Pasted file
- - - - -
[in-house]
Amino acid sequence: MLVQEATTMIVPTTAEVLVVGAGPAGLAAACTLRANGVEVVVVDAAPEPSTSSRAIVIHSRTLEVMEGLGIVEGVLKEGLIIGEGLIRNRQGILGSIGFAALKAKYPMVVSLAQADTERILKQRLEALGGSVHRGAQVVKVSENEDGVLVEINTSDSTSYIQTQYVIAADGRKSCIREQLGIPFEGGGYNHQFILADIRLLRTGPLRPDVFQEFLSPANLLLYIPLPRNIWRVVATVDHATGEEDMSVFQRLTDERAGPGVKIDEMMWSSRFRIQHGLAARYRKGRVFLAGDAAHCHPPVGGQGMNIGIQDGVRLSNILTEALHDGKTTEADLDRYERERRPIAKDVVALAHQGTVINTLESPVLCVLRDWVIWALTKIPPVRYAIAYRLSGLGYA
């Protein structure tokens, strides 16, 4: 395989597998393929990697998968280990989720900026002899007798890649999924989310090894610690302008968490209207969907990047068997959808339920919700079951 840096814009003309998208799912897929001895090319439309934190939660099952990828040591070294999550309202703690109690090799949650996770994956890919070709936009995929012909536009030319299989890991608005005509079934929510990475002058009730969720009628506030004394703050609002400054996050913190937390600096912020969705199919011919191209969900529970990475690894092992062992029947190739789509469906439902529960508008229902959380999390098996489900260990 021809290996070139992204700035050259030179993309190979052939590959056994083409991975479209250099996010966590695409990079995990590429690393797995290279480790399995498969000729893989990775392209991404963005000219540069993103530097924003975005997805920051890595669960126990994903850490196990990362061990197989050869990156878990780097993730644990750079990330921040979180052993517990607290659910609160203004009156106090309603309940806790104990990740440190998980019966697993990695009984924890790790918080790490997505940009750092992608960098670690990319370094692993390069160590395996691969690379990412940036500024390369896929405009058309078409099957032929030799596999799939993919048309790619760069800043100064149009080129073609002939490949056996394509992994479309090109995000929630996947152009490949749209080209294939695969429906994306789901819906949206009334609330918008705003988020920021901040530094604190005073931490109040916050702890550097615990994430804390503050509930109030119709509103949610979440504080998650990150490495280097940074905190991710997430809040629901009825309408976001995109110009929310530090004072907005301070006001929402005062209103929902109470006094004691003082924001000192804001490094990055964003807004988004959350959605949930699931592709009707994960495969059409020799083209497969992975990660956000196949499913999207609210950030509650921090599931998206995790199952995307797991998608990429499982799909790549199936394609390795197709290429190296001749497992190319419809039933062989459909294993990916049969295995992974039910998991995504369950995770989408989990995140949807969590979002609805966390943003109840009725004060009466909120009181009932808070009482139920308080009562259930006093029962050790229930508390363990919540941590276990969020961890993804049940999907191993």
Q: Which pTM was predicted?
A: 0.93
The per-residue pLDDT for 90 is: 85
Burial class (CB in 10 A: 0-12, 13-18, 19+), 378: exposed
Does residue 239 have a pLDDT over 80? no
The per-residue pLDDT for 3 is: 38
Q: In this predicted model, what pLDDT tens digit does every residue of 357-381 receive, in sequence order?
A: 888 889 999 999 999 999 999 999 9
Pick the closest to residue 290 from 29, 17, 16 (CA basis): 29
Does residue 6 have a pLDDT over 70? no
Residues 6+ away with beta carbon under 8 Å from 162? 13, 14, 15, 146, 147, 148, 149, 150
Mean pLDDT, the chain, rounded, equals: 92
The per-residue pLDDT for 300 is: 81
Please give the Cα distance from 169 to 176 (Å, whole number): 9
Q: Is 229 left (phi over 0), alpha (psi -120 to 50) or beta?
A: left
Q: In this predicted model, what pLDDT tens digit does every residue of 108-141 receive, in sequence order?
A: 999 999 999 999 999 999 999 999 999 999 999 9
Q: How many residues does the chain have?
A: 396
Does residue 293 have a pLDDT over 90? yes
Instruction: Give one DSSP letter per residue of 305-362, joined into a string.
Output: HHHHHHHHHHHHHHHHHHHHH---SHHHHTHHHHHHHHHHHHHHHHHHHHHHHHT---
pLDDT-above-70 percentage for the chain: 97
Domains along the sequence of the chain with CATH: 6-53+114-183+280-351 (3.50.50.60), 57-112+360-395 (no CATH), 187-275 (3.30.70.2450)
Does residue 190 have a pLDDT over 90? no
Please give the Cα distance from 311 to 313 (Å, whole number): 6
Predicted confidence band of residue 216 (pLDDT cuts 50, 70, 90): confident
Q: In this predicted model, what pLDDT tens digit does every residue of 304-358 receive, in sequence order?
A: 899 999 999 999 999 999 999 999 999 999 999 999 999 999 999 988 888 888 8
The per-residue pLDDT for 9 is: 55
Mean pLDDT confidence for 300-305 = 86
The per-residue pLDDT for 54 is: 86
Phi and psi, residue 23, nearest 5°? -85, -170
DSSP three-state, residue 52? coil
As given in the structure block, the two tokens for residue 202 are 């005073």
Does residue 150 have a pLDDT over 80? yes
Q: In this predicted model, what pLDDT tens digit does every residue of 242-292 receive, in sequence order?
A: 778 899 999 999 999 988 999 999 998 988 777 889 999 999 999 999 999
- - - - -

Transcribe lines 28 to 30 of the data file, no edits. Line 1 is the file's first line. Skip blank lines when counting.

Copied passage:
Domains along the sequence of the chain with CATH: 6-53+114-183+280-351 (3.50.50.60), 57-112+360-395 (no CATH), 187-275 (3.30.70.2450)
Does residue 190 have a pLDDT over 90? no
Please give the Cα distance from 311 to 313 (Å, whole number): 6